NALP Bulletin, March 2018
Lateral hiring volume decreased dramatically during the recession in 2008 and 2009, then experienced a big rebound as the legal economy recovered in 2010 and 2011. Since that time, there have been small year-to-year increases and decreases. In 2017 aggregate lateral hiring was up by less than 2%. This follows an aggregate decrease of almost 11% from 2015 to 2016. Lateral associate hiring was essentially flat. Overall lateral hiring averaged about 15 lateral hires per office/firm, but volumes varied greatly by firm and geography, with the highest volumes recorded, perhaps not surprisingly, in New York City, where the average was just over 16, and the median number of 15 was over twice the nationwide median of 7. These are the overall findings about lateral hiring from NALP's "Survey of Legal Employers on 2017 Recruiting," which requested information on lateral hiring in 2016 and 2017.
The results shown in Table 1 and Table 2 are based on reports from 427 law offices that reported at least one lateral hire in one of the two years. Table 1 reports aggregate information for partners, associates, and all other lateral lawyers. Table 2 reports on lateral partner and associate hiring, which accounted for 82% of the lateral hiring reported for 2017 and includes cities with at least five offices reporting office-specific information and collectively reporting at least 25 lateral hires in 2017.
Overall, based on aggregate hiring of over 6,400 lateral lawyers in 2017, the volume of hiring was up by 1.6% compared with 2016 in these same offices/firms, with a median of 7 and an average of 15.1 lateral hires per office/firm (Table 1). Partner lateral hiring was up by over 12%, while associate lateral hiring was almost flat. Nonetheless the volume of associate lateral hiring was far greater, averaging 9.1 per office/firm, compared with an average of 3.2 per office/firm for lateral partner hiring, resulting in an overall aggregate increase of just 1.6%. Lateral associate hiring accounted for 60% of lateral hiring in 2017 and lateral partner hiring accounted for 22%. Other lateral hiring accounted for about 18% of lateral hiring in 2017, and, as the median figures suggest, the majority of offices did not do any hiring of this type in 2017. Aggregate hiring in this category was off by 3.3%.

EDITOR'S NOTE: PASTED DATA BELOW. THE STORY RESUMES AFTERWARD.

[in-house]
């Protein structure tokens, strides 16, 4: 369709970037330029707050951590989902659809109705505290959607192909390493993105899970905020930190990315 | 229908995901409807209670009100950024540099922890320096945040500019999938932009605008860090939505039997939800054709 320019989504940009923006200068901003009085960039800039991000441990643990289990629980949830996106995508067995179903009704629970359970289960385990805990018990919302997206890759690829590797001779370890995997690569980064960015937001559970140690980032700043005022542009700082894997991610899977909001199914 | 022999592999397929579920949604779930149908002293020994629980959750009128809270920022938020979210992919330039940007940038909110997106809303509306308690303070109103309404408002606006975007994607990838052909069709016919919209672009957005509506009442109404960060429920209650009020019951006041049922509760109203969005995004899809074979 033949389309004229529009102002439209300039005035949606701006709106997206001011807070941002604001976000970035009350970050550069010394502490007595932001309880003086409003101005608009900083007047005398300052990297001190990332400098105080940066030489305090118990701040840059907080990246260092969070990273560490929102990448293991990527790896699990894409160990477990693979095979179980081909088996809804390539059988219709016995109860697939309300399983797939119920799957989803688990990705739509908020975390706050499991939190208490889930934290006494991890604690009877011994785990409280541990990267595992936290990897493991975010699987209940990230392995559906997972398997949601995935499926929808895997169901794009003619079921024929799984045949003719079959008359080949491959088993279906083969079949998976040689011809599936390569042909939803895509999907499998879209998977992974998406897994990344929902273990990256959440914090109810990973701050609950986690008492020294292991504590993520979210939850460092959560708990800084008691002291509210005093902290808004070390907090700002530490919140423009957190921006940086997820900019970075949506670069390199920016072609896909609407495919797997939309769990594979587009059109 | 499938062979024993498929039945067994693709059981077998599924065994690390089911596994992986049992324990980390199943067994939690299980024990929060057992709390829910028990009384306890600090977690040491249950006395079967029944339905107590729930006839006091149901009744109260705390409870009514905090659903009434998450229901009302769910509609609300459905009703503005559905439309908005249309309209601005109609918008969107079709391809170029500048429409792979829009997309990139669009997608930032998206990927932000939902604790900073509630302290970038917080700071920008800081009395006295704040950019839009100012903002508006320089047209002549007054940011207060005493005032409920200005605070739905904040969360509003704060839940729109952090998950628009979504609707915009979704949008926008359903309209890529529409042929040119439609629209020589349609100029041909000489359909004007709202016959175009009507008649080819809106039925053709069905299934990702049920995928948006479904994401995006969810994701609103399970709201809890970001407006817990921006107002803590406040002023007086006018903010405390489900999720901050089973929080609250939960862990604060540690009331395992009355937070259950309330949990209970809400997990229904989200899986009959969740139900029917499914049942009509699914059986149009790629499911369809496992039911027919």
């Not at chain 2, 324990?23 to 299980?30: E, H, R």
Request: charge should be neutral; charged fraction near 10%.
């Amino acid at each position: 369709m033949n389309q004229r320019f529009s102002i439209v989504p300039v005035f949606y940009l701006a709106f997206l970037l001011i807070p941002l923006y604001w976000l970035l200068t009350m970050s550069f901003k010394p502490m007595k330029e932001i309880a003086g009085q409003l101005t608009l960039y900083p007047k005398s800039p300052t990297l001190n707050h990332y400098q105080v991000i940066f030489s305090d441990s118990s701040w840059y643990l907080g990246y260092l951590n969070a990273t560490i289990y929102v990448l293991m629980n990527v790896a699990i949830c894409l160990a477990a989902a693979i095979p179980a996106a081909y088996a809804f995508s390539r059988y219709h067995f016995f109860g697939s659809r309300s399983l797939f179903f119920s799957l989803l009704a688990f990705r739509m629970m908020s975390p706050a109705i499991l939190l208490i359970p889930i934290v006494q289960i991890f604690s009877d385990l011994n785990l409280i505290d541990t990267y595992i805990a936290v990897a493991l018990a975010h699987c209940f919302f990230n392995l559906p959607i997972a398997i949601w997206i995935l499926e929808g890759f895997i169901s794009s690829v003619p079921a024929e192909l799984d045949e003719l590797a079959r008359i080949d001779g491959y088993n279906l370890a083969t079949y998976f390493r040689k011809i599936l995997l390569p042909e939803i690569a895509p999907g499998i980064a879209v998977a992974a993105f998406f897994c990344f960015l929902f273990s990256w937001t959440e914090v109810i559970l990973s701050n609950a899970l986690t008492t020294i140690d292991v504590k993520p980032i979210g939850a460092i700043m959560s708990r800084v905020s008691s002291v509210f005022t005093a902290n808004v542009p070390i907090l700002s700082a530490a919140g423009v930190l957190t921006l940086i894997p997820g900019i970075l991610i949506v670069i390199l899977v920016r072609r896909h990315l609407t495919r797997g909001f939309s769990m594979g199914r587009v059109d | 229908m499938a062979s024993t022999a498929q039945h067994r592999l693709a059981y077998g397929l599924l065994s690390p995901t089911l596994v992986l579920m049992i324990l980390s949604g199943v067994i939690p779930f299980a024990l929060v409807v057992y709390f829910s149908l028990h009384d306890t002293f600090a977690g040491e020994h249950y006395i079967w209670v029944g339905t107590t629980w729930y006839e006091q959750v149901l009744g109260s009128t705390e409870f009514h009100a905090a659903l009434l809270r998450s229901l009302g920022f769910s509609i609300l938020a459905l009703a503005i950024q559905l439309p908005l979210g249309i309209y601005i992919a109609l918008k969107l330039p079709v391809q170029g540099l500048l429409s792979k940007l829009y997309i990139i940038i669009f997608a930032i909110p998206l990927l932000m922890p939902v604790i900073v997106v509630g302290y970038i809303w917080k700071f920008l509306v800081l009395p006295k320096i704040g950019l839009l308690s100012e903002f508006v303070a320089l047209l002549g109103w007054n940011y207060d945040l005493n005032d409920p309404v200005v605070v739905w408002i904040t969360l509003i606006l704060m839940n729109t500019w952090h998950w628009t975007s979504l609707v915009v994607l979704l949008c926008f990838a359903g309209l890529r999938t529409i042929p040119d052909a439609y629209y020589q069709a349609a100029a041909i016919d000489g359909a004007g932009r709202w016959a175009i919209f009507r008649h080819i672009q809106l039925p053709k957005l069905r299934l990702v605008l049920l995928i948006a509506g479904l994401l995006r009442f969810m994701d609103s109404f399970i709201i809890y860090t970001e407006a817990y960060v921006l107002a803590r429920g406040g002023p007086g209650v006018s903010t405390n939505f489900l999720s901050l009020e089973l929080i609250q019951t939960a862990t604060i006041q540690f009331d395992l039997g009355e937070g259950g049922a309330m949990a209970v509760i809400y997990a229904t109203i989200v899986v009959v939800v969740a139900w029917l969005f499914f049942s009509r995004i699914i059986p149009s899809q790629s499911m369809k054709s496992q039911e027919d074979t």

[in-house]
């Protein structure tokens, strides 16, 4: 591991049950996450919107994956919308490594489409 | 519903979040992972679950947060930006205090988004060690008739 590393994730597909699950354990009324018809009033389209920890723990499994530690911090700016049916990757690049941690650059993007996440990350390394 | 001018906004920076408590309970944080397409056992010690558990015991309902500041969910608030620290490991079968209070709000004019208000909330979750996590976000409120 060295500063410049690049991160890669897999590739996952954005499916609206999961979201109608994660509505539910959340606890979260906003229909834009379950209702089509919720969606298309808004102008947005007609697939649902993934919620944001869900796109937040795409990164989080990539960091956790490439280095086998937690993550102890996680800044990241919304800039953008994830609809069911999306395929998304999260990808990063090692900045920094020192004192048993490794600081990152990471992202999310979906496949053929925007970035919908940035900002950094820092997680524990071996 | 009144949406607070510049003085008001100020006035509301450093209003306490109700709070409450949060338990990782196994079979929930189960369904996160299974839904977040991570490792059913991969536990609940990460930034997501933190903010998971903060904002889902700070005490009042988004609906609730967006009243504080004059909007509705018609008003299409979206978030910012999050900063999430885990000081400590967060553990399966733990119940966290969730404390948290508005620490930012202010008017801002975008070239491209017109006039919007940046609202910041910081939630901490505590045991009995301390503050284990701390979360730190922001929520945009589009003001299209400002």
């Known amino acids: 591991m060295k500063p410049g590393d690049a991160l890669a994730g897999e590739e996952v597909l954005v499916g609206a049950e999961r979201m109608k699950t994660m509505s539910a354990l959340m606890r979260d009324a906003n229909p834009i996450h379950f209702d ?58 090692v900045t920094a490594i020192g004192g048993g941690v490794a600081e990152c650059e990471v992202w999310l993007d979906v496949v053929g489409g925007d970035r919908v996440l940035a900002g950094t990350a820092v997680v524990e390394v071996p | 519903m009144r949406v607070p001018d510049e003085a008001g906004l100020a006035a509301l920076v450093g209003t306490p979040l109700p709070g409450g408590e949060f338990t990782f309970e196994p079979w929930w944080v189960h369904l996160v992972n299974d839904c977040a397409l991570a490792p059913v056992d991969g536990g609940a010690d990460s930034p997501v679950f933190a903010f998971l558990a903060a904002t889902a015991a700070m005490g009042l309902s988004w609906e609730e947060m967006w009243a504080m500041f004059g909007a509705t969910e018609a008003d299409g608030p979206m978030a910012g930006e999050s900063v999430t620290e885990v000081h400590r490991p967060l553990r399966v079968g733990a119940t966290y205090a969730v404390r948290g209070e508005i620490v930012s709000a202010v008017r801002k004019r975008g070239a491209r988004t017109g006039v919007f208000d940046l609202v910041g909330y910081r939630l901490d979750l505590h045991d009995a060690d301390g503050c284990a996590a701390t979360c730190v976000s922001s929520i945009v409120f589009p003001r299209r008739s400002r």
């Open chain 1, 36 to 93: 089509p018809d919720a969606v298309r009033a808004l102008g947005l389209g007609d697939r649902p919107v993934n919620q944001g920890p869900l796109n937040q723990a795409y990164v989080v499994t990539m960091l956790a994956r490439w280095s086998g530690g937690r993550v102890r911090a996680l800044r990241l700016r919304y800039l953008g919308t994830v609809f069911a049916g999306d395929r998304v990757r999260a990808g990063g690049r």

As Table 2 shows, however, changes in aggregate hiring, and the level of hiring, measured by either the median or average number of hires, varied considerably by firm size and geography. For example, for firms reporting their lateral hiring on a firm-wide basis (in the section of the table labeled "Firm-wide Reports"), lateral hiring as measured by medians ranged from 12-24 depending on region, and changes in aggregate volume ranged from a decrease of 21% to an increase of 21%. The Northeast and West/Rocky Mountain Regions anchored these endpoints. By contrast, other regions saw much less change. (Regional figures in this section of the table reflect firms reporting firm-wide information but whose offices are wholly or predominantly in one region.)
Among offices reporting activity for a single office, offices averaged between just 1.1 and 2.4 lateral partner hires depending on firm size, whereas associate lateral hiring averages were in the 3 to 4 range per office, except in the largest firms where the average was almost 6.
On a regional basis, the level of lateral hiring per office was highest in the Northeast, with a median of 10 and an average of almost 14 lateral hires in 2017, compared with medians of 3 to 5 in all other regions and averages that ranged from less than 5 to 9.5. In terms of changes in aggregate volumes, however, it was virtually flat in the Southeast and West. Rocky/Mountain Regions, and up by modest amounts (2.5 - 4.5%) in other regions. The median number of lateral hires was also highest by far in New York, at 15, followed by Chicago at 11.5, and 9.5 in Seattle.